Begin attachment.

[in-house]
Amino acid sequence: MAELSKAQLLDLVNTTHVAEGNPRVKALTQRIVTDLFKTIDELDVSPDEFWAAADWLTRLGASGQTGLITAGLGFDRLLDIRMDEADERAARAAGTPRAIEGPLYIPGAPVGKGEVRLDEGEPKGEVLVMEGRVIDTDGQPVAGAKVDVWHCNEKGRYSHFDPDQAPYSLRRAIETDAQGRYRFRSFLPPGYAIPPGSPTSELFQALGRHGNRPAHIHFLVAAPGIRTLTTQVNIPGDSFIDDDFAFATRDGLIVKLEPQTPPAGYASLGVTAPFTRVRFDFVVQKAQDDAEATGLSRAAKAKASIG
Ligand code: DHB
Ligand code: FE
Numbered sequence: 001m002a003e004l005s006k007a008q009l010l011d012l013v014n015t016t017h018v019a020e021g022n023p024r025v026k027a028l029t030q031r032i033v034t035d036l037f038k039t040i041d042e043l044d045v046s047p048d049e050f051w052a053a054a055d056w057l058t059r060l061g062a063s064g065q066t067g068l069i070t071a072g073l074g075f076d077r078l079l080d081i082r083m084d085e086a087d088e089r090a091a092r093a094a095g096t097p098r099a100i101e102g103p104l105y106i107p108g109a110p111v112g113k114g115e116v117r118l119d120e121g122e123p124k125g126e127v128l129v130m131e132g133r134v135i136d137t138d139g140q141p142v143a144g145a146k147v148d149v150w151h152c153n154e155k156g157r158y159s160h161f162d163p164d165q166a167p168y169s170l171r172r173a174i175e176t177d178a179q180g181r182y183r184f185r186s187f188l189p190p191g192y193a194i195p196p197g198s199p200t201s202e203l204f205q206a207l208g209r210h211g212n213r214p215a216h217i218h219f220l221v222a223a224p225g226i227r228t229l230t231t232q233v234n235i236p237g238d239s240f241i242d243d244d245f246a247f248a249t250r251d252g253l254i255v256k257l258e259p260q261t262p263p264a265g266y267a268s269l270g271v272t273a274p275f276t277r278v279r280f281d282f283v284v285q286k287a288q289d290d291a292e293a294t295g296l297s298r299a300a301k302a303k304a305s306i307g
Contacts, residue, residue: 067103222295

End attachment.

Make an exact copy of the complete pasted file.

[in-house]
Amino acid sequence: MAELSKAQLLDLVNTTHVAEGNPRVKALTQRIVTDLFKTIDELDVSPDEFWAAADWLTRLGASGQTGLITAGLGFDRLLDIRMDEADERAARAAGTPRAIEGPLYIPGAPVGKGEVRLDEGEPKGEVLVMEGRVIDTDGQPVAGAKVDVWHCNEKGRYSHFDPDQAPYSLRRAIETDAQGRYRFRSFLPPGYAIPPGSPTSELFQALGRHGNRPAHIHFLVAAPGIRTLTTQVNIPGDSFIDDDFAFATRDGLIVKLEPQTPPAGYASLGVTAPFTRVRFDFVVQKAQDDAEATGLSRAAKAKASIG
Ligand code: DHB
Ligand code: FE
Numbered sequence: 001m002a003e004l005s006k007a008q009l010l011d012l013v014n015t016t017h018v019a020e021g022n023p024r025v026k027a028l029t030q031r032i033v034t035d036l037f038k039t040i041d042e043l044d045v046s047p048d049e050f051w052a053a054a055d056w057l058t059r060l061g062a063s064g065q066t067g068l069i070t071a072g073l074g075f076d077r078l079l080d081i082r083m084d085e086a087d088e089r090a091a092r093a094a095g096t097p098r099a100i101e102g103p104l105y106i107p108g109a110p111v112g113k114g115e116v117r118l119d120e121g122e123p124k125g126e127v128l129v130m131e132g133r134v135i136d137t138d139g140q141p142v143a144g145a146k147v148d149v150w151h152c153n154e155k156g157r158y159s160h161f162d163p164d165q166a167p168y169s170l171r172r173a174i175e176t177d178a179q180g181r182y183r184f185r186s187f188l189p190p191g192y193a194i195p196p197g198s199p200t201s202e203l204f205q206a207l208g209r210h211g212n213r214p215a216h217i218h219f220l221v222a223a224p225g226i227r228t229l230t231t232q233v234n235i236p237g238d239s240f241i242d243d244d245f246a247f248a249t250r251d252g253l254i255v256k257l258e259p260q261t262p263p264a265g266y267a268s269l270g271v272t273a274p275f276t277r278v279r280f281d282f283v284v285q286k287a288q289d290d291a292e293a294t295g296l297s298r299a300a301k302a303k304a305s306i307g
Contacts, residue, residue: 067103222295